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State to Investigate San Onofre

At an Irvine meeting packed with public commenters, the state agency decides to study whether it makes financial sense to reopen the nuclear power plant.

California officials decided Thursday to investigate the financial viability of San Onofre’s troubled nuclear power plant.

“I welcome this investigation,” Public Utilities Commissioner Timothy Alan Simon said before the agency’s unanimous vote. “This is probably, to some extent, overdue. It will bring clarity to questions surrounding the inoperability of the facility.”

Meeting in Irvine, the state Public Utilities Commission listened to a slew of comments before approving the study of whether San Onofre is worth the cost.

Anti-nuclear advocate Gary Headrick called the shuttered San Onofre Nuclear Generating Station’s plan to restart one of its damaged generators a “bad investment.”

“Edison’s plan to restart—even at partial power—defective and damaged equipment is unacceptable,” Headrick said.

By 10 a.m., the PUC had limited public comments to one minute each because so many people were on the list to voice opinions about the beleaguered nuclear power plant.

On the pro-nuke side, the business community appeared to line up behind Southern California Edison. Jim Leach of the South Orange County Economic Coalition, for example, called anti-nuclear advocates a “vocal minority” using “scare tactics.”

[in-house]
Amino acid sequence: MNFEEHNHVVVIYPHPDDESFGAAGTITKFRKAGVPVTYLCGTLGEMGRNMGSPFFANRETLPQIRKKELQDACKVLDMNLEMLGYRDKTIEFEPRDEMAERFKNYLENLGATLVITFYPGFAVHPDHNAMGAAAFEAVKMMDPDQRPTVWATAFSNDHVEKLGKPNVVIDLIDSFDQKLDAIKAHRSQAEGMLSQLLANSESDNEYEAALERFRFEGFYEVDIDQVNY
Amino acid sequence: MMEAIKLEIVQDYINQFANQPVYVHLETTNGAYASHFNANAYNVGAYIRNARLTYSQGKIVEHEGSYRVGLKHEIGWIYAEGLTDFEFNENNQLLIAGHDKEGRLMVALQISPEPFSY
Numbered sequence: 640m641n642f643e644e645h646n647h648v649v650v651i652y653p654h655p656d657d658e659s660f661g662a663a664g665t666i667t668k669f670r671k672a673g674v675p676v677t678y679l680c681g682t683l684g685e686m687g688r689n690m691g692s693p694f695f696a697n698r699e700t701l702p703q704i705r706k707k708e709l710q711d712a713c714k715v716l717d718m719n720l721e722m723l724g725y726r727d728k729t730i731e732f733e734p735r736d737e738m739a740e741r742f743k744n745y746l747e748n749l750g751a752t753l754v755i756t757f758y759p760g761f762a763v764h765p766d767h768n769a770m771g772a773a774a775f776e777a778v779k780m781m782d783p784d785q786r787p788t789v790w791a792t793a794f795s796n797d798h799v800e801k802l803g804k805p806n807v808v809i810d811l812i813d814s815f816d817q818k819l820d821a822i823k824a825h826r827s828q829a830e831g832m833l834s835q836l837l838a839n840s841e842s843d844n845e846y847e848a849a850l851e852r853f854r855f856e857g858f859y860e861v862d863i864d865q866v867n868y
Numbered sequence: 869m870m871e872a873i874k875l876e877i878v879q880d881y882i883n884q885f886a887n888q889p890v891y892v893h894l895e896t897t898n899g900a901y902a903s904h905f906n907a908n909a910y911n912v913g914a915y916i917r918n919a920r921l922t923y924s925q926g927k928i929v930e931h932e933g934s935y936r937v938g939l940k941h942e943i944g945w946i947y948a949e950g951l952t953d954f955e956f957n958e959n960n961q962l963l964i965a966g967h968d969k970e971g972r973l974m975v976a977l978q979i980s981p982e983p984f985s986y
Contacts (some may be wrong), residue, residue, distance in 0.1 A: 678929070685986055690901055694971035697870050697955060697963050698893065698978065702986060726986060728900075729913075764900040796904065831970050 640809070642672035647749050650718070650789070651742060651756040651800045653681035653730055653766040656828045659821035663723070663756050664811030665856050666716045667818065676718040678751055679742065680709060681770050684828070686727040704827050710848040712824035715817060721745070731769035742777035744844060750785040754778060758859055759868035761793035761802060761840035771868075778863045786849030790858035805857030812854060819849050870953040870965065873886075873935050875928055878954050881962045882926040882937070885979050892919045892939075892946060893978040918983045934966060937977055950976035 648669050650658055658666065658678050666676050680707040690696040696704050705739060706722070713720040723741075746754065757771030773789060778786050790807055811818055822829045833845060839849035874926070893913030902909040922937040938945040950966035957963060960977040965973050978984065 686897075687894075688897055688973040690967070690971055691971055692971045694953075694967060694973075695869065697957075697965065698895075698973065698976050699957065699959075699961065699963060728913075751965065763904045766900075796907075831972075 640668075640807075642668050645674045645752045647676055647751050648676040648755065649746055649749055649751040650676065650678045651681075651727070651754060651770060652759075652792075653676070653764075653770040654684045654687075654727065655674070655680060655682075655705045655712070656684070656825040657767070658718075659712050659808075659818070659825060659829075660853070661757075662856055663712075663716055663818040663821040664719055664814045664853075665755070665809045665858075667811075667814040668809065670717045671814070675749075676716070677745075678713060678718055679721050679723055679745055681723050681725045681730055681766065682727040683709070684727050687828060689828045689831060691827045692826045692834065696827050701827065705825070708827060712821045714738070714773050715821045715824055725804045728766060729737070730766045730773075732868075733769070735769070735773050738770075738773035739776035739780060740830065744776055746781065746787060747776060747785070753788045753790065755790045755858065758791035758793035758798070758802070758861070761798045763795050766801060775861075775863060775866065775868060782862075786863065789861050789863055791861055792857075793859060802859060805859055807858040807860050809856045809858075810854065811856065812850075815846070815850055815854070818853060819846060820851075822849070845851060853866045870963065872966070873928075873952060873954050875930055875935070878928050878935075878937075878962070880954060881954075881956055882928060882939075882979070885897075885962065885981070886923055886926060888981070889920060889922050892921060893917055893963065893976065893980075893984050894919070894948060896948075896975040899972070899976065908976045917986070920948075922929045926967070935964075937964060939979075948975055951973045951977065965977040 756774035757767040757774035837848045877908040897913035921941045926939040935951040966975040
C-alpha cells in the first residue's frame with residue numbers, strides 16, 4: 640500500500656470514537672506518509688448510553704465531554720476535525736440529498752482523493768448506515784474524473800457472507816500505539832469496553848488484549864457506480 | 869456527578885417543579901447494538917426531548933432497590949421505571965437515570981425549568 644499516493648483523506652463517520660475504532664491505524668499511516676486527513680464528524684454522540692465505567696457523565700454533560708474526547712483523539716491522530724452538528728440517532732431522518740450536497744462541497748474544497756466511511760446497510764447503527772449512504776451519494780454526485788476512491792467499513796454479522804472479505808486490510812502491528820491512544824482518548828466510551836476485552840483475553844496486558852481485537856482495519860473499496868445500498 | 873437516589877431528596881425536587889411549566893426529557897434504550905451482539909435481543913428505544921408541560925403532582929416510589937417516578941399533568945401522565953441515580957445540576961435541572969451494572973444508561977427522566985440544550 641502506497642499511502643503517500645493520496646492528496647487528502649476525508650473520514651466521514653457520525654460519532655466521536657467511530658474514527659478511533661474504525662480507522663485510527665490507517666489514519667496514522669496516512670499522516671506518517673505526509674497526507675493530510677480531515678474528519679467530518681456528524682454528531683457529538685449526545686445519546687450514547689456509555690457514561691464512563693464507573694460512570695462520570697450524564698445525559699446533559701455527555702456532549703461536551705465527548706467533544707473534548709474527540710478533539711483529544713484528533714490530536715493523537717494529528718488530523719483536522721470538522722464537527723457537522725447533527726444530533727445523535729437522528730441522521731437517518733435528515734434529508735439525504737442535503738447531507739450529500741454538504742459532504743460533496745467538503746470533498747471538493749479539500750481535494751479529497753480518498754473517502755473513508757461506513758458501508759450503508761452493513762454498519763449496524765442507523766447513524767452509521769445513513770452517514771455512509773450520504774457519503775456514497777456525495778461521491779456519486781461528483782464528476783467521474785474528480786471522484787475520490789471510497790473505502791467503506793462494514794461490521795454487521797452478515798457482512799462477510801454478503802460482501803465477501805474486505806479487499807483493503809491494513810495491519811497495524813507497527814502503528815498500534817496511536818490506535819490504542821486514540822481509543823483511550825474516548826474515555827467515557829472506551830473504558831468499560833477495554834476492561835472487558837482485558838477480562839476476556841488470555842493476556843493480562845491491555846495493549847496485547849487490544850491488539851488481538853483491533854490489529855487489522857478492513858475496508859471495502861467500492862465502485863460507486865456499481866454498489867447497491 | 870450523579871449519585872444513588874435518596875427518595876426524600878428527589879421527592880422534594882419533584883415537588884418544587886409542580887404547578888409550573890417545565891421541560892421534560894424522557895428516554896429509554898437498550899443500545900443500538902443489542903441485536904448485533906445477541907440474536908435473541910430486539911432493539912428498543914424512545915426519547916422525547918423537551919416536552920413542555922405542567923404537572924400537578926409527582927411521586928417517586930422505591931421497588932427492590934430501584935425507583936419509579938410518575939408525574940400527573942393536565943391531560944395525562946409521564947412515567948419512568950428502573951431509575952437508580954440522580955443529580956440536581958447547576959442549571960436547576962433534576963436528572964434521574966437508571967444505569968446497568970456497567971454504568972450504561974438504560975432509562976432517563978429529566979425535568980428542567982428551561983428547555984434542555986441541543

Business owners and representatives said they needed the plant to help protect the area’s energy grid from overload.

Anti-nuclear groups criticized the cost to ratepayers for the plant, which has been closed since revealed the steam generators were riddled with broken components.

According to an Edison earnings press conference this summer, the shutdown cost the company $165 million in the first half of 2012. Many at the Irvine meeting displayed signs reading “Cut our Losses, Not a Penny More.”

The investigation will focus on the financial aspect of the shutdown, and whether Edison customers or shareholders should bear the cost of the shutdown. The CPUC is empowered to examine only the finances and rates of utilities in the state. Safety investigations fall under the purview of the Nuclear Regulatory Commission.

CPUC Commissioner Catherine Sandoval pointed out the investigation would be complicated by ongoing legal proceedings between Southern California Edison and steam generator manufacturer Mitsubishi Heavy Industries. The two parties are in mediation talks now to decide how much Mitsubishi should pay for the debacle.

NRC investigators have implicated Mitsubishi for manufacturing mistakes and design miscalculations in building the generators.

CaptD October 26, 2012 at 05:13 PM
CA now has a 40% ENERGY SURPLUS (more than we ever need) even without EITHER San Onofre or El Diablo being used with more clean and safe Solar (of all flavors) being added daily! Any restart/testing would only GIFT SCE and SDG&E $1.2 Billion Dollars!
CaptD October 26, 2012 at 05:15 PM